The Antioch School is affiliated with the college, and my peers there, in the 50s, were mostly the children of professors—a fairly rarified community. Dewey’s educational philosophy was certainly studied and admired back then: it influenced education in public schools but was never fully implemented. After Sputnik and A Nation at Risk it fell out of favor almost completely and we seldom hear of it now. But sloyd pre-dated Dewey, and there in the archives of the Los Angeles schools was rock solid evidence that the project-based learning Dewey promoted was alive and well and mandatory at the turn of the century, in at least one major school district in the United States, a generation before Dewey began writing about education.

It turns out it was more than just Los Angeles. Toppelius and her sister Sigrid were invited first to Boston, where they set up training programs. Sigrid stayed in Boston while Meri went on to Chicago where she started a sloyd department in Chicago’s Agassiz school. They also trained teachers as in Bay View Michigan as part of a Chautauqua summer program. So by the end of the century, at least three major cities in the United States were employing sloyd in at least some of their schools, and there were major training programs in sloyd attracting teachers and administrators from across the country. (I’ll keep researching this. If any of my readers know anything more about it, please share!)

If you’re interested in learning more about sloyd, here is link to a PBS program called “Who Wrote the Book of Sloyd” that’s pretty entertaining. It features the very old book on the left, which was re-issued in 2013: “The Teacher’s Hand-Book of Slöjd” by Otto Salomon. Sloyd is really about all of the handicrafts, including sewing, weaving, knitting, crochet, embroidery, and paper folding, all of which we learned at the Antioch School, but its most lasting impact on education in the United States was on programs that included woodworking.

John Dewey was certainly influenced by the sloyd movement, as he was by the Settlement movement I have written about in a previous post. It has always struck me how completely the arguments for arts education align with the philosophy of Dewey and of sloyd. Engaged learning. Productive learning. Project-based learning. Hands-on learning. They’re all related and they all lead to deep and enduring learning. They all incorporate the body and the mind into the cognitive process. I didn’t know at the time how incredibly lucky I was to be educated in that way, but I loved school, and for all of my years as a teacher and arts administrator I have endeavored to give my students something of the joy I experienced as a child in the wood shop.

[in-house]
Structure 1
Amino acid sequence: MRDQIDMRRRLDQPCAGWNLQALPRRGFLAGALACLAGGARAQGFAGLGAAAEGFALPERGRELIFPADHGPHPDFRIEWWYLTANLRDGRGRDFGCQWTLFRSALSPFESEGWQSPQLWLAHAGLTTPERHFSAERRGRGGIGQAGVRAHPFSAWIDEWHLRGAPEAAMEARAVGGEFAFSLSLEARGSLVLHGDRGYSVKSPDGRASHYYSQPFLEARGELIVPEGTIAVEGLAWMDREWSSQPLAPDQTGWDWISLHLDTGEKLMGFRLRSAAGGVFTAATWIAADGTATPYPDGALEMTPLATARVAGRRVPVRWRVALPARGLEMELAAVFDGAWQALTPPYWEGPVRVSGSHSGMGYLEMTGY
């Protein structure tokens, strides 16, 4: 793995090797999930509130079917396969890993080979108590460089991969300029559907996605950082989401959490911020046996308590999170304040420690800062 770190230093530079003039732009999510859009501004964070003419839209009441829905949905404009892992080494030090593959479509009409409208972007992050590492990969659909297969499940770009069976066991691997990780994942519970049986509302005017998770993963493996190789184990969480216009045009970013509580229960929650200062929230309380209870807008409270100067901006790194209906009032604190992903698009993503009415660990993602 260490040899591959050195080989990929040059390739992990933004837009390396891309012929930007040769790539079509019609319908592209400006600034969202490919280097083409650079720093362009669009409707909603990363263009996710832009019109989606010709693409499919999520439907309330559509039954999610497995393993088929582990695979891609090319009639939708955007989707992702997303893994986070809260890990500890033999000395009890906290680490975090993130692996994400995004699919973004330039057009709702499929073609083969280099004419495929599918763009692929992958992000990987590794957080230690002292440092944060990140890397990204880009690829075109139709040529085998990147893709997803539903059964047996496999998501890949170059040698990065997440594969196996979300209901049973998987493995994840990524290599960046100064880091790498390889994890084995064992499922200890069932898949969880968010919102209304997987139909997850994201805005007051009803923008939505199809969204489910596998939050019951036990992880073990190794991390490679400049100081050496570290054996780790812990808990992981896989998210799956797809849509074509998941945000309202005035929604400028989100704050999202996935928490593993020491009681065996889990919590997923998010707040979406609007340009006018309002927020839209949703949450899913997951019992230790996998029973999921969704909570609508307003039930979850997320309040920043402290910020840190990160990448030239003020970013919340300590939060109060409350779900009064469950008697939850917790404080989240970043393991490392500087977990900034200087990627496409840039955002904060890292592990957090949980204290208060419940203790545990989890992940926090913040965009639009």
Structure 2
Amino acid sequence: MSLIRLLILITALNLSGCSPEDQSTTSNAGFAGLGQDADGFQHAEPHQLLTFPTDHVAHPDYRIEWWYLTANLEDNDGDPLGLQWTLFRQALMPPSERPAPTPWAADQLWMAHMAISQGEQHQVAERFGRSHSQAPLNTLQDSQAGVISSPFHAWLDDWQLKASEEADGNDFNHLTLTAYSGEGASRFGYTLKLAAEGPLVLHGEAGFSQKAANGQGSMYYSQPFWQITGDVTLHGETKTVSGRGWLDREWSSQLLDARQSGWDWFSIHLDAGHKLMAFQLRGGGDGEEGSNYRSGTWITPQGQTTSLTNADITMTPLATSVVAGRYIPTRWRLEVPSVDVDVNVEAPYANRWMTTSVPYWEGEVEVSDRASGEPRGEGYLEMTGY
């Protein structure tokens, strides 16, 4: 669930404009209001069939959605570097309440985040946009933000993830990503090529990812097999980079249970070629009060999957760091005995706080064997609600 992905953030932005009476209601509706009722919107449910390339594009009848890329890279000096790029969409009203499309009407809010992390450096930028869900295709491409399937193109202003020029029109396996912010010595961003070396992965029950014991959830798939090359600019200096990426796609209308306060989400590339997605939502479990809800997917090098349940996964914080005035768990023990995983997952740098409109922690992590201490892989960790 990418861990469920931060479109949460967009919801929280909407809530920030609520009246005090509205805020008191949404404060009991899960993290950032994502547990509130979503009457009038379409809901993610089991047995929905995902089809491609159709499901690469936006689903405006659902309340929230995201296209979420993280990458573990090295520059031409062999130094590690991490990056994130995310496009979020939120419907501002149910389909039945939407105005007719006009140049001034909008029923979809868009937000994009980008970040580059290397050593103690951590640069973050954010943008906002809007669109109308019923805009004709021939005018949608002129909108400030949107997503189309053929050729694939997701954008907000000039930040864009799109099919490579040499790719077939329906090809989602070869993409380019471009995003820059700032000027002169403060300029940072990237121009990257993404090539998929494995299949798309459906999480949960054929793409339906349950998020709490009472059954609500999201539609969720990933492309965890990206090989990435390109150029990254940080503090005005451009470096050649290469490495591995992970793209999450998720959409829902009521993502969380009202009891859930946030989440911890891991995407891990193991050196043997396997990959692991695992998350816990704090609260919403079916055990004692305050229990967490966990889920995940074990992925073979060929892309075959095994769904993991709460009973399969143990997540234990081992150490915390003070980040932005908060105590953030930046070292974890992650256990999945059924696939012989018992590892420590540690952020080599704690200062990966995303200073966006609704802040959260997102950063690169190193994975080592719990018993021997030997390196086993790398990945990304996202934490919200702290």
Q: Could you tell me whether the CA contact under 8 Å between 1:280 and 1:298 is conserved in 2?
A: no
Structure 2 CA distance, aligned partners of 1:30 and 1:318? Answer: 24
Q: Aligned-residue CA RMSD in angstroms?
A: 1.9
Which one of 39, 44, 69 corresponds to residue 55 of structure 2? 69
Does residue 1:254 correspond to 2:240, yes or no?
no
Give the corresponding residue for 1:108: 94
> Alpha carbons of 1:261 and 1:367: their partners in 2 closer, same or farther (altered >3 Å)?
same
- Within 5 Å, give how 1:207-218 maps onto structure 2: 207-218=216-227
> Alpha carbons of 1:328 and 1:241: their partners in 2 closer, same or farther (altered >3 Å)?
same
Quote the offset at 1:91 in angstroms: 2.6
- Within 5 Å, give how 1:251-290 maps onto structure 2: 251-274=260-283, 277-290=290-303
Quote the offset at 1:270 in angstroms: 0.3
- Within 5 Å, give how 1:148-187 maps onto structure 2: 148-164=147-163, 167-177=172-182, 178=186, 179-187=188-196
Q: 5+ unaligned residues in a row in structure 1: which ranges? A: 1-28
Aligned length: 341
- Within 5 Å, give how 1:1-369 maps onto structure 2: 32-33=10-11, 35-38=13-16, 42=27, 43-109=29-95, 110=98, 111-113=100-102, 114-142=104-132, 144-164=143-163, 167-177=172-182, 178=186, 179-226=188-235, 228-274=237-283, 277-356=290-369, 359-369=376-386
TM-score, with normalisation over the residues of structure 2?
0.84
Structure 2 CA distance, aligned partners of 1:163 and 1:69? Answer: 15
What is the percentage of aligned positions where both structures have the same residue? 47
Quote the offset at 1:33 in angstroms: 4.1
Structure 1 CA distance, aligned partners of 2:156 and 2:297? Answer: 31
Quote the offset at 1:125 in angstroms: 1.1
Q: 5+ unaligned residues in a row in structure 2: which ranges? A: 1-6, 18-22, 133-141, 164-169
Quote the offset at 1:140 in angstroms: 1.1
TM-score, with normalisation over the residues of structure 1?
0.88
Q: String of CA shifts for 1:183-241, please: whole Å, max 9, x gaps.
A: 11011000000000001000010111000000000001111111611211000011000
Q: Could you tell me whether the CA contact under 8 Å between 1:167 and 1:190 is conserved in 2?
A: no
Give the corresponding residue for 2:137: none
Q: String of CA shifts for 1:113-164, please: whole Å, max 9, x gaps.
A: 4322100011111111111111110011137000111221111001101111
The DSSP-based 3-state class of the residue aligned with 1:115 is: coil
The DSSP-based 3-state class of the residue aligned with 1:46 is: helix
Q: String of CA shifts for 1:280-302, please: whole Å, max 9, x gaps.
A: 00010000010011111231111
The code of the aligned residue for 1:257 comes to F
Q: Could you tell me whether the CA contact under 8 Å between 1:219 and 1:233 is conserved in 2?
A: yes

When and why did the teaching of rhetoric in grammar schools end?

Following up on two previous posts on Shakespeare’s education in rhetoric (Collaborative Classroom Hilarity and What’s With All the Rhetoric), I don’t have a concise answer to this question, but I’ve been searching for one. (I once typed the question into Google and got some hilarious answers, some of which I quote in my book.) If any of my readers want to join in this exploration I’d be overjoyed.

One thing I do know is that at the time of Samuel Johnson, rigorous training in rhetorical speech and writing was still alive and well, and its use was the subject of much deliberation. I’ve just finished The Club, by Leo Damrosch and found plenty of evidence to support this. It’s a terrific read. It’s about the literary club founded by Joshua Reynolds and Johnson, which met weekly all through the second half of the 18th Century. I had to brush up on my knowledge of the literature and society of that era and all of the esteemed members of The Club. I haven’t read Johnson or Boswell since college, have only read a few speeches by Burke, have never read Gibbon, and skipped economics so, to my shame, am only peripherally aware of Adam Smith and The Wealth of Nations. Of course I’ve gazed at plenty of luminous paintings by Joshua Reynolds but knew very little about the man himself. But in addition to filling in some gigantic holes in my knowledge of that era, scattered through the book there is enough there to tell me that all of those brilliant writers, orators, and artists were well educated in rhetoric.